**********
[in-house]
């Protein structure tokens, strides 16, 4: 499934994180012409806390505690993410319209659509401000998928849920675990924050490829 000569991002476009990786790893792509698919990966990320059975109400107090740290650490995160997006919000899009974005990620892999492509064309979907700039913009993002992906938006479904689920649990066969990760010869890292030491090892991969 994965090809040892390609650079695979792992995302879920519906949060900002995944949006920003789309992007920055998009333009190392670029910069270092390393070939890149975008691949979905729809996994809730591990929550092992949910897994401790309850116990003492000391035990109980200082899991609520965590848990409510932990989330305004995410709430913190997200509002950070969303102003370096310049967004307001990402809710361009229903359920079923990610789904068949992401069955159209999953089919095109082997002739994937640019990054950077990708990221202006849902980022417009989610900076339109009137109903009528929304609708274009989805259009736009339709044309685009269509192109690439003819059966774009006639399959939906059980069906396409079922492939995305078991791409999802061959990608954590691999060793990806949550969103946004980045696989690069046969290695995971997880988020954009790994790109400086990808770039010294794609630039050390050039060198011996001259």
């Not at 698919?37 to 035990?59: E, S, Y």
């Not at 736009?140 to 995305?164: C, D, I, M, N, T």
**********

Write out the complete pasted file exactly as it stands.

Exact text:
[in-house]
């Protein structure tokens, strides 16, 4: 499934994180012409806390505690993410319209659509401000998928849920675990924050490829 000569991002476009990786790893792509698919990966990320059975109400107090740290650490995160997006919000899009974005990620892999492509064309979907700039913009993002992906938006479904689920649990066969990760010869890292030491090892991969 994965090809040892390609650079695979792992995302879920519906949060900002995944949006920003789309992007920055998009333009190392670029910069270092390393070939890149975008691949979905729809996994809730591990929550092992949910897994401790309850116990003492000391035990109980200082899991609520965590848990409510932990989330305004995410709430913190997200509002950070969303102003370096310049967004307001990402809710361009229903359920079923990610789904068949992401069955159209999953089919095109082997002739994937640019990054950077990708990221202006849902980022417009989610900076339109009137109903009528929304609708274009989805259009736009339709044309685009269509192109690439003819059966774009006639399959939906059980069906396409079922492939995305078991791409999802061959990608954590691999060793990806949550969103946004980045696989690069046969290695995971997880988020954009790994790109400086990808770039010294794609630039050390050039060198011996001259």
């Not at 698919?37 to 035990?59: E, S, Y």
């Not at 736009?140 to 995305?164: C, D, I, M, N, T």